Date of this Version
Published in JOURNAL OF SOIL AND WATER CONSERVATION 66:2 (March/April 2011), pp. 45A-50A. doi :10.2489/jswc.66.2.45A
Among recent advances in developing cellulosic and noncellulosic biofuel sources, corn, switchgrass, and others (e.g., camelina, canola) have risen to the top. In surveying the landscape, a potentially promising new area of bioenergy production exists—invasive plant species. The addition of invasive plant species as a bioenergy source will help to diversify the nation’s energy dependence and help in the reduction of the negative environmental and social impacts from energy crop production. In addition, belowground carbon stores may provide an opportunity to reduce the impacts associated with global climate change.
In the agriculture sector, harvesting equipment is well advanced for facilitating efficient crop production on both small and large scales. In noncrop systems, the number of limitations and lack of need have slowed the progress of equipment development for biomass harvesting (Graneli 1984). The lack of economic return is an important reason for less intensive management in noncrop areas. With new markets emerging for cellulosic energy sources and advances in equipment technology, this increased incentive could help improve the level of management of invasive plant species in noncrop areas and subsequent harvest or removal of excess biomass.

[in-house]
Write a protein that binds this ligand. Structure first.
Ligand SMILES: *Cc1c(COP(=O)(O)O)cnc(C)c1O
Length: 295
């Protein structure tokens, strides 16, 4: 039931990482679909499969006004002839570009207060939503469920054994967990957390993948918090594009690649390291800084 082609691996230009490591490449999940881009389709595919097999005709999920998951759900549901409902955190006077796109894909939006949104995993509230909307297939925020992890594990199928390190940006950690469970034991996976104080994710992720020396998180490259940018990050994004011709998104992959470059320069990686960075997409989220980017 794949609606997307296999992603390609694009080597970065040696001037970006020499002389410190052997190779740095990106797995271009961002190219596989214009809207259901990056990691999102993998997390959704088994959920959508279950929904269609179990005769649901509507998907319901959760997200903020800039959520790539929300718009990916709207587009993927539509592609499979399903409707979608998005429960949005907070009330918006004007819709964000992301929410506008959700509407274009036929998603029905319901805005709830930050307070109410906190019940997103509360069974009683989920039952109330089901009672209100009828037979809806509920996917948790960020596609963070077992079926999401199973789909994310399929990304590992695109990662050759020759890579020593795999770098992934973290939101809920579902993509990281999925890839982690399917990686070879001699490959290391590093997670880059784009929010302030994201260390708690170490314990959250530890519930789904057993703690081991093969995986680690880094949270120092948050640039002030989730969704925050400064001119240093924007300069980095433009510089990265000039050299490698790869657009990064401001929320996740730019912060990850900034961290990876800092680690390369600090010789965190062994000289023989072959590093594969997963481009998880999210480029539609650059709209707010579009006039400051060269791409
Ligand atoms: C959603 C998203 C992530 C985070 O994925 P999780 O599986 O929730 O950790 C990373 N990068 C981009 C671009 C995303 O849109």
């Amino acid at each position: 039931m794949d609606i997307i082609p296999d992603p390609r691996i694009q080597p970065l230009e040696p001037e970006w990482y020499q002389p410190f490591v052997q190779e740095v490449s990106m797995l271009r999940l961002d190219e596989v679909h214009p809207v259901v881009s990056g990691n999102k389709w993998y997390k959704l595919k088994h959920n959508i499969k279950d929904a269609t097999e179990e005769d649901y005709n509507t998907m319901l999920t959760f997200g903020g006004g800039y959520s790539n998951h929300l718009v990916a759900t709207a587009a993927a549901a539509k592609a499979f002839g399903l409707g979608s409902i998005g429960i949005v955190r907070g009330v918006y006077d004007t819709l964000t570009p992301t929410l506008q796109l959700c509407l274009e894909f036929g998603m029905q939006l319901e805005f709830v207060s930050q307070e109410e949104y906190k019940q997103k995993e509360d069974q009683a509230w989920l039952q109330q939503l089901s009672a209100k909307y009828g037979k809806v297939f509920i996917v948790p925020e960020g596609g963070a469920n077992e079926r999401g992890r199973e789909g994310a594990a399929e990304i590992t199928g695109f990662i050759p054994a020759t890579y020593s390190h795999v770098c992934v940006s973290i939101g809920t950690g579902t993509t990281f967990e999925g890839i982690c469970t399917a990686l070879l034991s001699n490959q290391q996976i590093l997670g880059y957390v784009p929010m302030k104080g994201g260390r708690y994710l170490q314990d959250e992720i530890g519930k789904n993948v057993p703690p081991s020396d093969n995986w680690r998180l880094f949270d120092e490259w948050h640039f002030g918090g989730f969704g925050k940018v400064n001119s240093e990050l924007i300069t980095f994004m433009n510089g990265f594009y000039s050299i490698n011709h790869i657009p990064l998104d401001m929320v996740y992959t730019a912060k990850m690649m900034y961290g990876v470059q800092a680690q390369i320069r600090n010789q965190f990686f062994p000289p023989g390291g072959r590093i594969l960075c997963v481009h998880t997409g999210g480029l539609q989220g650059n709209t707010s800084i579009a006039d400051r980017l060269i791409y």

Using invasive plant species in bioenergy facilities would provide enticing opportunities for land managers and business developers. Since the primary focus of most invasive plant species management is on control of unwanted vegetation, the massive amounts of biomass from high cellulosic plants creates a challenge for disposal. Research has shown that piling or dispersing cut portions of many woody and herbaceous invasive plant species can result in the reestablishment by new plants from propagule segments (Boose and Holt 1999; Decruyenaere and Holt 2001). With advances in processing equipment, invasive plant species biomass could be processed into pellets for transporting to facilities that burn biomass or convert biomass to liquid biofuels. The processing of invasive plant species into a useable form (i.e., pellets) that does not promote the spread or introduction of unwanted vegetation minimizes the risks of environmental contamination and provides an economic opportunity for business development in rural communities.
While corn and switchgrass are the leading plant candidates for biofuel production, they may not be the most sustainable. Alternatively, the removal of existing invasive plant species biomass and processing into pellets for combustion or liquid fuel conversion maybe more sustainable as it would comply with the US Executive Order 13112 on invasive species (Clinton 1999), support climate change initiatives (Crowl et al. 2008), and expand economic opportunities in rural areas by helping fulfill the mandate by the US Renewable Fuels Standards (USDA 2010).